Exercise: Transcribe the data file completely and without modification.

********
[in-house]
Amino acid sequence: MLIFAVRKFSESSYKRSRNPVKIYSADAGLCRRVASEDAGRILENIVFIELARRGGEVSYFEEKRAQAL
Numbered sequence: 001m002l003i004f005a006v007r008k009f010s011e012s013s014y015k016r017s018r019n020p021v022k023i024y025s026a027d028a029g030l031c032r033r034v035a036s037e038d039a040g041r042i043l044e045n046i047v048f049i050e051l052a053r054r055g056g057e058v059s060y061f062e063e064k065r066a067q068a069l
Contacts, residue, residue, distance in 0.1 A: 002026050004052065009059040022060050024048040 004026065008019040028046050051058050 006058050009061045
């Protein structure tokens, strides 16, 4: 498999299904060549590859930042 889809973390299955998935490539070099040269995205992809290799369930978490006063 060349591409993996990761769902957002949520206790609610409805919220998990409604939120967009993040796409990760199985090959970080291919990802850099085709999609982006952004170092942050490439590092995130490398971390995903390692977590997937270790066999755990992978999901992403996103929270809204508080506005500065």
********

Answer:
[in-house]
Amino acid sequence: MLIFAVRKFSESSYKRSRNPVKIYSADAGLCRRVASEDAGRILENIVFIELARRGGEVSYFEEKRAQAL
Numbered sequence: 001m002l003i004f005a006v007r008k009f010s011e012s013s014y015k016r017s018r019n020p021v022k023i024y025s026a027d028a029g030l031c032r033r034v035a036s037e038d039a040g041r042i043l044e045n046i047v048f049i050e051l052a053r054r055g056g057e058v059s060y061f062e063e064k065r066a067q068a069l
Contacts, residue, residue, distance in 0.1 A: 002026050004052065009059040022060050024048040 004026065008019040028046050051058050 006058050009061045
């Protein structure tokens, strides 16, 4: 498999299904060549590859930042 889809973390299955998935490539070099040269995205992809290799369930978490006063 060349591409993996990761769902957002949520206790609610409805919220998990409604939120967009993040796409990760199985090959970080291919990802850099085709999609982006952004170092942050490439590092995130490398971390995903390692977590997937270790066999755990992978999901992403996103929270809204508080506005500065």